CHESTERFIELD COUNTY, Va. (WRIC) — Chesterfield County will house YMCA childcare programs at five local schools to help provide support for families during virtual learning. According to a Facebook post from Chesterfield County, they hope to provide a safe day support model for 1 to 2 percent of elementary school students through the partnership with the YMCA.
The YMCA released a statement to 8News where they announced their partnership with Chesterfield and Henrico County. The Y says the program is for working families who need support during the school day.
YMCA said local governments will be allocating funds from the CARES Act and providing space in high schools to make sure this program is accessible to families. Funds from the CARES Act will reduce the cost to $100 per week. Financial assistance is available for families who need support.
Director of Communications and Media for Chesterfield County, Susan Pollard says the YMCA programs will all be held at the following high schools:
- Clover Hill
- Thomas Dale
Chesterfield County Board of Supervisors member Leslie Haley says the plans can be expanded or reduced based on need and what information they receive from county residents.
This agreement is raising some serious concerns from parents. Some are questioning how it’s ok and safe to open the schools for a private organization this Fall while the public schools are virtual.
Haley says that County Supervisors are a separate entity from the school district and they are trying to find ways to accommodate their residents since schools can’t open for face-to-face learning.
Chesterfield resident Carrie Casey is the parent of three children. She is one of several parents and grandparents who have reach out to 8News baffled by the school districts decision to shutter schools to in-person learning this fall while the county opens the schools to select students.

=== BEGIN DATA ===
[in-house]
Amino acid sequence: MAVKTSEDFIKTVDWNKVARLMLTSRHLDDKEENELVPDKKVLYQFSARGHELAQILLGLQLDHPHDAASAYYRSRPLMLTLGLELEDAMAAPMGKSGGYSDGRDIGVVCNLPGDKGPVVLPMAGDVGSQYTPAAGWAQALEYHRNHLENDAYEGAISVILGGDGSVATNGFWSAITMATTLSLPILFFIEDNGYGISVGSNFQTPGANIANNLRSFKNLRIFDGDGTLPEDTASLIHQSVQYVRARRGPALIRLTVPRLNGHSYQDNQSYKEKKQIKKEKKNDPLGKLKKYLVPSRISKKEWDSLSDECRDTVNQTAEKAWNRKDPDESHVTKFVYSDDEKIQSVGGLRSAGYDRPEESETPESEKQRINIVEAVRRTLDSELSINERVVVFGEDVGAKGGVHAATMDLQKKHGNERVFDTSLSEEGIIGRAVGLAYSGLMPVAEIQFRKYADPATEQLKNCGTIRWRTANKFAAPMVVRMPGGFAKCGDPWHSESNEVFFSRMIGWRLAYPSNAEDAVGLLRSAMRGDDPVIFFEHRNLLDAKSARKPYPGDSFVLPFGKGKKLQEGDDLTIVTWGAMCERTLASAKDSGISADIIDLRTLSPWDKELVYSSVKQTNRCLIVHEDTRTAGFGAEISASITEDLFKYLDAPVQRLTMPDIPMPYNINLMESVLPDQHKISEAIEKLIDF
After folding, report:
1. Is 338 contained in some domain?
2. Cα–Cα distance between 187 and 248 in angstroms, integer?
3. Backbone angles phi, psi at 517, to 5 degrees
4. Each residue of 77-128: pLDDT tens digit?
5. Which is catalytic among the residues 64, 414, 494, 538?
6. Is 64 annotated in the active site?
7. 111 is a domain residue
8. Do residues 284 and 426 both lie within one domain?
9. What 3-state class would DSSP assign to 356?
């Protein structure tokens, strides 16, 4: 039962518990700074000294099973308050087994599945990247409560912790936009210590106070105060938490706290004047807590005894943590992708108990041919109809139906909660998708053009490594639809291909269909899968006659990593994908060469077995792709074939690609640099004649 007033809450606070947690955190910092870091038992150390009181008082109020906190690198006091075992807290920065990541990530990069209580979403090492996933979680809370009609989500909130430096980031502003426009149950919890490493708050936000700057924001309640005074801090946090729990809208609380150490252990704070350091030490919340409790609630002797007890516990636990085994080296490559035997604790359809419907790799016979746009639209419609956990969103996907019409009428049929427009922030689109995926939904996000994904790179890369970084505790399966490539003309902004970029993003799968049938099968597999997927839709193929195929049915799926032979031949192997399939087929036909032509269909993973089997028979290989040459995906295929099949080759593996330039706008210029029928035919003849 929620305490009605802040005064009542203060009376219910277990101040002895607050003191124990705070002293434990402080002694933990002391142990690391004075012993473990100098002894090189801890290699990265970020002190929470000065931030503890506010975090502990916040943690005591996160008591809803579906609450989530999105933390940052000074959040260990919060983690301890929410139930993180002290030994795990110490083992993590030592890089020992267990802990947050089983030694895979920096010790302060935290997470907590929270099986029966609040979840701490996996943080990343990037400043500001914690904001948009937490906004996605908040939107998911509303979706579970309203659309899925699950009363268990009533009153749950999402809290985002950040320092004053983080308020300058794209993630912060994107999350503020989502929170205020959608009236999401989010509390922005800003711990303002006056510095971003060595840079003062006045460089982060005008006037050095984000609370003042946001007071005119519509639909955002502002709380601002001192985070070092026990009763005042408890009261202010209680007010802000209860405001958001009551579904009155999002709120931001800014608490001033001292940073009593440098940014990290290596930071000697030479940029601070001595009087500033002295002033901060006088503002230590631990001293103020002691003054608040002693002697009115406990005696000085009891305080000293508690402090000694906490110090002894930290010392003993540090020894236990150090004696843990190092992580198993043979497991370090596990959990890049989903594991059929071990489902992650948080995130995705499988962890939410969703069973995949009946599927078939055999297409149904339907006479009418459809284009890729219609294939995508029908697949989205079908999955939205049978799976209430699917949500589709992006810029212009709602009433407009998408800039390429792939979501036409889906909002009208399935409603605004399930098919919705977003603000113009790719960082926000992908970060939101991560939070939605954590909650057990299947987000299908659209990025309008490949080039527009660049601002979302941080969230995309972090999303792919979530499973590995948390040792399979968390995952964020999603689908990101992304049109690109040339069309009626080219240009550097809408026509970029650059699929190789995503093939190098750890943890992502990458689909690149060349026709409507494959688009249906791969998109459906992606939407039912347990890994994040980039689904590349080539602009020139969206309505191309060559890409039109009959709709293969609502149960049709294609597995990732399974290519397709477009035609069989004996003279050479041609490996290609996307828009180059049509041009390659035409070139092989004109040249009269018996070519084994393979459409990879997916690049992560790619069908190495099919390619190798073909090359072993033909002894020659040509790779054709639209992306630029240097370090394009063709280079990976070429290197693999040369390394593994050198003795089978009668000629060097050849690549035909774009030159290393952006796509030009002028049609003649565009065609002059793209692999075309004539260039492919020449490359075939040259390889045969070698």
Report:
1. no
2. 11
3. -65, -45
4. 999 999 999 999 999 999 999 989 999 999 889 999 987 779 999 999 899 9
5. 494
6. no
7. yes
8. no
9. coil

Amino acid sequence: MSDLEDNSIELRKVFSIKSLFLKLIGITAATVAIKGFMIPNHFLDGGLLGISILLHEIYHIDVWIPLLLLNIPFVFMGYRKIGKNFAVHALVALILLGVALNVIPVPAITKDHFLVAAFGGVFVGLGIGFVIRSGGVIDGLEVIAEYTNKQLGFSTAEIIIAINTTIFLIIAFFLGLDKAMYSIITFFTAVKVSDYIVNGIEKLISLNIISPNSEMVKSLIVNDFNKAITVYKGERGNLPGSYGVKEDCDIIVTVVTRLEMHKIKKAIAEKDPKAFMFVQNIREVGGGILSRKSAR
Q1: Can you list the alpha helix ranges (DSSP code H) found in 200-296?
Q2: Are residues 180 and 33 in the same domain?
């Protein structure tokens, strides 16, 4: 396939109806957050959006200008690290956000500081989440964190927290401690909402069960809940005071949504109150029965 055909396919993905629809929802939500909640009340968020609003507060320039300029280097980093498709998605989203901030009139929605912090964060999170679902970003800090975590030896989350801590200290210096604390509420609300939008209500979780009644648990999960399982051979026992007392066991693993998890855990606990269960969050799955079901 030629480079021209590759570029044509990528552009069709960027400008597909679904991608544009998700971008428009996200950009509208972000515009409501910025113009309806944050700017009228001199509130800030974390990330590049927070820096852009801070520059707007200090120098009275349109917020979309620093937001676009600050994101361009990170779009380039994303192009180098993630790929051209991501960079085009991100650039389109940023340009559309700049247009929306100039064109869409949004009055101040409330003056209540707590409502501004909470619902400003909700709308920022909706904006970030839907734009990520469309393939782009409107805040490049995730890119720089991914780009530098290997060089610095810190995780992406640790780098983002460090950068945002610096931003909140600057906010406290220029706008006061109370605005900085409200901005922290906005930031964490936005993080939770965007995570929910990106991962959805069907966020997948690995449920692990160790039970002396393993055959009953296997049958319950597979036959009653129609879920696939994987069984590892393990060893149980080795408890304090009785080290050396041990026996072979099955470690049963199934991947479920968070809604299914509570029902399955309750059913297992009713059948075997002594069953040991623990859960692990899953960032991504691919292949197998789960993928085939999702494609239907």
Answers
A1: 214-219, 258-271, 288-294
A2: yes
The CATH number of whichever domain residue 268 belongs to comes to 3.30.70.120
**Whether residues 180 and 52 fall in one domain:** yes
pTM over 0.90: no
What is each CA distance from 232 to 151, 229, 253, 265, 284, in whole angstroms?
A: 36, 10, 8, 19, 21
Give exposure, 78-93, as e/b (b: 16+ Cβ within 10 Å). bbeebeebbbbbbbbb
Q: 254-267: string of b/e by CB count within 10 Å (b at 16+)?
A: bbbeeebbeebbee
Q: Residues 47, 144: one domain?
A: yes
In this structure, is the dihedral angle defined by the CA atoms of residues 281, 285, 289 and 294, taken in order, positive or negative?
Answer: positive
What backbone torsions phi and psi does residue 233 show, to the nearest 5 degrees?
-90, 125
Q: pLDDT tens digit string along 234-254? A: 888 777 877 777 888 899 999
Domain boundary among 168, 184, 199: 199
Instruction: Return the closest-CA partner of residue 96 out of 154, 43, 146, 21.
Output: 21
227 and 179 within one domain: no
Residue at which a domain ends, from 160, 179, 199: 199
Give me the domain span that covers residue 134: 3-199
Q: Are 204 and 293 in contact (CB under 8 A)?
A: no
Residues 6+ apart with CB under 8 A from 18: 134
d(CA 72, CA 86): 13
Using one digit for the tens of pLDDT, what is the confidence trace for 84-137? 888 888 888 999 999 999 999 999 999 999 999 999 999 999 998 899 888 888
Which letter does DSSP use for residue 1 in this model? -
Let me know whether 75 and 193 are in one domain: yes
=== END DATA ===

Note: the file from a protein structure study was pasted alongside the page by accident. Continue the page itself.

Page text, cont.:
The YMCA declined a request from 8News for an interview but says the program will be similar to the service provided to essential personnel during the onset of the pandemic. According to the YMCA’s website, the student success centers will ensure students are engaged with their teachers through virtual learning.
Chesterfield County’s Facebook page says – “we understand the concerns of parents regarding any model using schools during the day with students. We are relying on the YMCA’s expertise and experience.”
Casey says the focus should be serving those most in need- students with disabilities and those facing socioeconomic challenges- not offering learning to just those who can pay for it.
“It’s feels like pay to play,” Casey said.
Haley says the YMCA just wants to cover overhead costs. Chesterfield County will not be charging the YMCA rent and will use federal relief funding to help reduce the costs of the services.
Debbie Bailey, school board chair, said she asked Superintendent Mervin Daughtery to look into an arrangement to help teacher’s children have a space to learn while their parents were teaching class.
“In our discussions with the board of supervisors, we suggested that only a few high school common areas would be used, such as auditoriums and cafeterias. No classrooms will be used as teachers may be virtually teaching from their rooms,” she said.
The school board will determine how to utilize school space once phased reopening happens, if at all, and how this may impact the YMCA child care. Additionally, the school district won’t profit from any agreement that the county may make with the YMCA.
For more information about the program, click here.